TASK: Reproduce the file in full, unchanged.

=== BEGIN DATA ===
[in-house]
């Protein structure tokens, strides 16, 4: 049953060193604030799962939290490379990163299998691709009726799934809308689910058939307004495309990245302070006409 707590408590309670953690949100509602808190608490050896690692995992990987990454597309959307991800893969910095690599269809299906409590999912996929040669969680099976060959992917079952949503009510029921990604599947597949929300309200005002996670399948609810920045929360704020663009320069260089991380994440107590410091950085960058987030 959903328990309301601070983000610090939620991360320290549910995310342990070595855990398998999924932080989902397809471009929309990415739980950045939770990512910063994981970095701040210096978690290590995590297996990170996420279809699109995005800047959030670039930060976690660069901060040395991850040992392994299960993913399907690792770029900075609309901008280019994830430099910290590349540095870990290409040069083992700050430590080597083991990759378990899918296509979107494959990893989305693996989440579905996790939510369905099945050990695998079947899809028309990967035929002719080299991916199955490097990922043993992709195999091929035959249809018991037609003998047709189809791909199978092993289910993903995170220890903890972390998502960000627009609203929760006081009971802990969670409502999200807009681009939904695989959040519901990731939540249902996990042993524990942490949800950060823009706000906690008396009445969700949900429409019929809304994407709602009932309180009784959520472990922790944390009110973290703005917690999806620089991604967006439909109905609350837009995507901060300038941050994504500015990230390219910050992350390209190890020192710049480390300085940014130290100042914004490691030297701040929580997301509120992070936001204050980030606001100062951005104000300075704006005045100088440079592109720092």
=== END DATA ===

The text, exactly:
[in-house]
């Protein structure tokens, strides 16, 4: 049953060193604030799962939290490379990163299998691709009726799934809308689910058939307004495309990245302070006409 707590408590309670953690949100509602808190608490050896690692995992990987990454597309959307991800893969910095690599269809299906409590999912996929040669969680099976060959992917079952949503009510029921990604599947597949929300309200005002996670399948609810920045929360704020663009320069260089991380994440107590410091950085960058987030 959903328990309301601070983000610090939620991360320290549910995310342990070595855990398998999924932080989902397809471009929309990415739980950045939770990512910063994981970095701040210096978690290590995590297996990170996420279809699109995005800047959030670039930060976690660069901060040395991850040992392994299960993913399907690792770029900075609309901008280019994830430099910290590349540095870990290409040069083992700050430590080597083991990759378990899918296509979107494959990893989305693996989440579905996790939510369905099945050990695998079947899809028309990967035929002719080299991916199955490097990922043993992709195999091929035959249809018991037609003998047709189809791909199978092993289910993903995170220890903890972390998502960000627009609203929760006081009971802990969670409502999200807009681009939904695989959040519901990731939540249902996990042993524990942490949800950060823009706000906690008396009445969700949900429409019929809304994407709602009932309180009784959520472990922790944390009110973290703005917690999806620089991604967006439909109905609350837009995507901060300038941050994504500015990230390219910050992350390209190890020192710049480390300085940014130290100042914004490691030297701040929580997301509120992070936001204050980030606001100062951005104000300075704006005045100088440079592109720092």